In 1913, Niels Bohr displayed rudiments of the later defined correspondence principle and used it to formulate a model of the hydrogen atom which explained the line spectrum. In the next few years Arnold Sommerfeld extended the quantum rule to arbitrary integrable systems making use of the principle of adiabatic invariance of the quantum numbers introduced by Lorentz and Einstein.

Official source

This page is automatically generated and may contain information that is not correct, complete, up-to-date, or relevant to your search query. The same applies to every other page on this website. Please make sure to verify the information with EPFL's official sources.

Related publications (52)

Related people (18)

Related units (3)

Related concepts (16)

Related courses (9)

Related lectures (46)

CH-453: Molecular quantum dynamics

The course covers several exact, approximate, and numerical methods to solve the time-dependent molecular Schrödinger equation, and applications including calculations of molecular electronic spectra.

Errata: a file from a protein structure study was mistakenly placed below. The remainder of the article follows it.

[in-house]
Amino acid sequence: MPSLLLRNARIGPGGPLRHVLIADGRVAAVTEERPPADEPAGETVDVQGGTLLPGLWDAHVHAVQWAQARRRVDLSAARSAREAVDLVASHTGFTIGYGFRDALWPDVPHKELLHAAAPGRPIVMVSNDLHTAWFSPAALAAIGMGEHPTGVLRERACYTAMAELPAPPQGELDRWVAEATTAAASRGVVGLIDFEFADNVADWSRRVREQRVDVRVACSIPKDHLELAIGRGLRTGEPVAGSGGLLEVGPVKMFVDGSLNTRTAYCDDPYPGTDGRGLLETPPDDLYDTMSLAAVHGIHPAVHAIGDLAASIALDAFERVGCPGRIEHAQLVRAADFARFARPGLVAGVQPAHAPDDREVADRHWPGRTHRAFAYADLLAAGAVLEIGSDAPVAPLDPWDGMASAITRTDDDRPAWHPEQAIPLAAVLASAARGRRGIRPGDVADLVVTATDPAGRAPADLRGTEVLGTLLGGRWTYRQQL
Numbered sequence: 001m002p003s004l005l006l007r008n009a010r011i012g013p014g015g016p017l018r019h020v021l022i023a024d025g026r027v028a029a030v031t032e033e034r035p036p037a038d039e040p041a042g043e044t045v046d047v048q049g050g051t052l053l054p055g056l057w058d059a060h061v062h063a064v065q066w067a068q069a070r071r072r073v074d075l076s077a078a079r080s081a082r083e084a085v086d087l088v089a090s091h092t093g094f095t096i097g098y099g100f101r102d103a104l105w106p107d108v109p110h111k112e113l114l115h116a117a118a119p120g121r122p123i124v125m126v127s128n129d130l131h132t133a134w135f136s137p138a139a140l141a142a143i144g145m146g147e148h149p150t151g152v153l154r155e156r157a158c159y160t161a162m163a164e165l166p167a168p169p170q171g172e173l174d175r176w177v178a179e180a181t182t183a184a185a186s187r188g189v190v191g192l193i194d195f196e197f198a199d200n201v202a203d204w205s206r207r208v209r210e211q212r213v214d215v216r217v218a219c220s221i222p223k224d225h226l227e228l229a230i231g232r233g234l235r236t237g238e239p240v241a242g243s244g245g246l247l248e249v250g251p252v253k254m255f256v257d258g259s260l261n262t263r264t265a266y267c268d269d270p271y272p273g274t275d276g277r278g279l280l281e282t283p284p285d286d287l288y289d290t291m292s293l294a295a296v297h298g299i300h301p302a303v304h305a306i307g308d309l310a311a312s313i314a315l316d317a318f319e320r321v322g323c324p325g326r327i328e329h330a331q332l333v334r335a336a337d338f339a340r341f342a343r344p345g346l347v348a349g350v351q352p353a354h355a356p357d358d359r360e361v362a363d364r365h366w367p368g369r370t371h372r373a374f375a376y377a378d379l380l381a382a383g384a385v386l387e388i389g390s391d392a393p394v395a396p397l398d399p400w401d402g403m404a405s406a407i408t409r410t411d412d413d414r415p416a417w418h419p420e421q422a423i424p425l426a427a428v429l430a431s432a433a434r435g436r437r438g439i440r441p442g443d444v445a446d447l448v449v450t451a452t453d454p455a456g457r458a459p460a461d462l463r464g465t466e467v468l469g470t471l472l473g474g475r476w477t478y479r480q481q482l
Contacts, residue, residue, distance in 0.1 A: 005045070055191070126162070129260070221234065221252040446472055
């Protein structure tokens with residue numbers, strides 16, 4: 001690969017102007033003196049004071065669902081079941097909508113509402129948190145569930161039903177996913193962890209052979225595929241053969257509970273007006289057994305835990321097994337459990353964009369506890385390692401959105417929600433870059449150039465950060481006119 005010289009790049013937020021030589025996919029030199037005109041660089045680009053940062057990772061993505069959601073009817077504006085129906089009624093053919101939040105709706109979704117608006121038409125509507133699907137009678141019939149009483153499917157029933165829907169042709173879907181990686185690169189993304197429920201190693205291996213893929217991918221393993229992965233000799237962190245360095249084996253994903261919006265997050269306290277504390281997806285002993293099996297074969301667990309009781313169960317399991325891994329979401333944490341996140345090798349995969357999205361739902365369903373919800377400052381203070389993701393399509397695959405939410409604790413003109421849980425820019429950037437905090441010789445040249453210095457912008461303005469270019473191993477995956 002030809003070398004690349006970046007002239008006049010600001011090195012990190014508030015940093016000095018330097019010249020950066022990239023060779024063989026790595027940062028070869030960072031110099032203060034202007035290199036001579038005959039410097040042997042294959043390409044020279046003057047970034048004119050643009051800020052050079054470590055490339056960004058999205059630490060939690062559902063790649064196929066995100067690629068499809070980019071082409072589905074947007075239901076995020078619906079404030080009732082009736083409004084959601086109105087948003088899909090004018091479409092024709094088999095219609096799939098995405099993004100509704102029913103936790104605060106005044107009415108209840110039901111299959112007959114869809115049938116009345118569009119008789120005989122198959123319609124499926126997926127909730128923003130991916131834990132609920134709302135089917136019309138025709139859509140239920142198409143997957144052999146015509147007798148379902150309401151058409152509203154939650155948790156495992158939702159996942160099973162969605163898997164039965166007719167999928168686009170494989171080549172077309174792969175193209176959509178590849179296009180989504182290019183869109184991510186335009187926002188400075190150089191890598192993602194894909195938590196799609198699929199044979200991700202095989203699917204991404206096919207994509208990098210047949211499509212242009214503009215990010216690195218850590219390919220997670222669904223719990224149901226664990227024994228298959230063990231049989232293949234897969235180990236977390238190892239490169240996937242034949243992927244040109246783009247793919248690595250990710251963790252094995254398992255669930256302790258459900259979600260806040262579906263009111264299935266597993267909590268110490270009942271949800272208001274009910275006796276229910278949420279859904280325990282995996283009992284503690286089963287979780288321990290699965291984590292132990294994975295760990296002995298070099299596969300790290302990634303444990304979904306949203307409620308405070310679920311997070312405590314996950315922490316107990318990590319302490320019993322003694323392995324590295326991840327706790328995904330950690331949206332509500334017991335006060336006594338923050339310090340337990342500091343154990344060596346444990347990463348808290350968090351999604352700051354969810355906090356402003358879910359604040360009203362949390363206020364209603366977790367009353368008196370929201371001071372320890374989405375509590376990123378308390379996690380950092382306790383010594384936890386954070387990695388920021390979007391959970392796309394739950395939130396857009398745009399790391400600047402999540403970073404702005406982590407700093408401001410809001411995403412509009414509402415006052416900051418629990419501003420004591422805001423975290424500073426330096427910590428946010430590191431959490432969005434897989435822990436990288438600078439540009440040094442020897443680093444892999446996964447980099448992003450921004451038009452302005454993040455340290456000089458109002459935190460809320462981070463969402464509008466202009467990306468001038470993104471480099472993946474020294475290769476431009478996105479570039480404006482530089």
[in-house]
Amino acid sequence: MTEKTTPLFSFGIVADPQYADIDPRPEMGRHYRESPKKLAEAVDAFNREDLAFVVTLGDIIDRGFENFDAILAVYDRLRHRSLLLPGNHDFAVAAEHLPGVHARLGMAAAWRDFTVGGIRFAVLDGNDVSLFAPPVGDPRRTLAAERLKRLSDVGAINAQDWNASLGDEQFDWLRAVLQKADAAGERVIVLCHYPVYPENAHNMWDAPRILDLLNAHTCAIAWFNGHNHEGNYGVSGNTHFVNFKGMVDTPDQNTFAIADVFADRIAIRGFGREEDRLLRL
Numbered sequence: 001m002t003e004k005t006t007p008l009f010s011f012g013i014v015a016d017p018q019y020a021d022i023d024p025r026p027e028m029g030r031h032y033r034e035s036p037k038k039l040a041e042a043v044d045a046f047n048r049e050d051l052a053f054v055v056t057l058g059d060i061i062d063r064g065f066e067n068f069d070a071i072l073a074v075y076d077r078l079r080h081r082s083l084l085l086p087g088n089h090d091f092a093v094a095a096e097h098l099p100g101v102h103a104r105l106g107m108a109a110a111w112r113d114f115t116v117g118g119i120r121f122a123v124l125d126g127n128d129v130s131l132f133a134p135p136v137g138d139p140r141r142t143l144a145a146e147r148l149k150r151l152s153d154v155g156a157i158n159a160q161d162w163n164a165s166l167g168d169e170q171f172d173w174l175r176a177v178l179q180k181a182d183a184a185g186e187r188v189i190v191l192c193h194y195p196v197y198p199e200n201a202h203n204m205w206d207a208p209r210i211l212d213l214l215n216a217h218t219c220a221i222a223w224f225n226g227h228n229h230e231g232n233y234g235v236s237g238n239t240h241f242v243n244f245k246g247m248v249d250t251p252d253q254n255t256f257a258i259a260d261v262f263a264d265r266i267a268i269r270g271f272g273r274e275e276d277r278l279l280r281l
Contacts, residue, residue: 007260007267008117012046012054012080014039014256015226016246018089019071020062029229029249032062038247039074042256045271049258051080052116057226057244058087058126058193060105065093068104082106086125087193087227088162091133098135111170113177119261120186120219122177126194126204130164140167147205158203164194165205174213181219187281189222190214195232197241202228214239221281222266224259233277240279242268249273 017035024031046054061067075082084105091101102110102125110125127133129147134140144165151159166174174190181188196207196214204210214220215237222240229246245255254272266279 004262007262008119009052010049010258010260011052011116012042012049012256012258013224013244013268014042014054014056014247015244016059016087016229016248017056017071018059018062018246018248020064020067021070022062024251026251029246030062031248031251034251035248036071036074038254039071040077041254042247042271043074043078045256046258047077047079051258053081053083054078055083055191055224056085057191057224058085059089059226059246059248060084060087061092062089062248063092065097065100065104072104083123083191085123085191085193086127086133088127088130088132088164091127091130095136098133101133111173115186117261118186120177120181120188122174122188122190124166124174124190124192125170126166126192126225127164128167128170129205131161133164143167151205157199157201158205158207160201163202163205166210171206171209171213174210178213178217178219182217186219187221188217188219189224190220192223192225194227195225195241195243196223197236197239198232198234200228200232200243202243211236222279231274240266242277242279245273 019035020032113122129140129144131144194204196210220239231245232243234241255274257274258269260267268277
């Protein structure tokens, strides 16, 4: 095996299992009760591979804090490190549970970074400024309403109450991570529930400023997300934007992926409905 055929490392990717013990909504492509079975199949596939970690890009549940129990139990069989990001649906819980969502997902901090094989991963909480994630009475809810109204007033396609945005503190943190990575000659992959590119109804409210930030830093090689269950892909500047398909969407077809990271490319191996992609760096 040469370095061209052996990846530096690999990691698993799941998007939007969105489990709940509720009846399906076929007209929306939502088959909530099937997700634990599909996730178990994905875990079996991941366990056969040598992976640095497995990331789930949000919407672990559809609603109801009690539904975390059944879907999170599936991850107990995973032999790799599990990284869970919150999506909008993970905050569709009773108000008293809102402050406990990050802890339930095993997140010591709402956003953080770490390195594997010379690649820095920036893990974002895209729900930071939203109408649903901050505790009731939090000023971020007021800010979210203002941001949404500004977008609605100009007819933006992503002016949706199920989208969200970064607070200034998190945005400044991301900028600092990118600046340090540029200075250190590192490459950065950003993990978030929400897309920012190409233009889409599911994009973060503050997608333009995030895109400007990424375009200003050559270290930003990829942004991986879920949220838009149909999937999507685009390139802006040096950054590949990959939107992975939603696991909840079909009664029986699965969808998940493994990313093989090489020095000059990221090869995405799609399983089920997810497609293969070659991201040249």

PHYS-739: Conformal Field theory and Gravity

This course is an introduction to the non-perturbative bootstrap approach to Conformal Field Theory and to the Gauge/Gravity duality, emphasizing the fruitful interplay between these two ideas.

CH-244: Quantum chemistry

Introduction to Quantum Mechanics with examples related to chemistry

Planck constant

The Planck constant, or Planck's constant, is a fundamental physical constant of foundational importance in quantum mechanics. The constant gives the relationship between the energy of a photon and its frequency, and by the mass-energy equivalence, the relationship between mass and frequency. Specifically, a photon's energy is equal to its frequency multiplied by the Planck constant. The constant is generally denoted by . The reduced Planck constant, or Dirac constant, equal to divided by , is denoted by .

Electron shell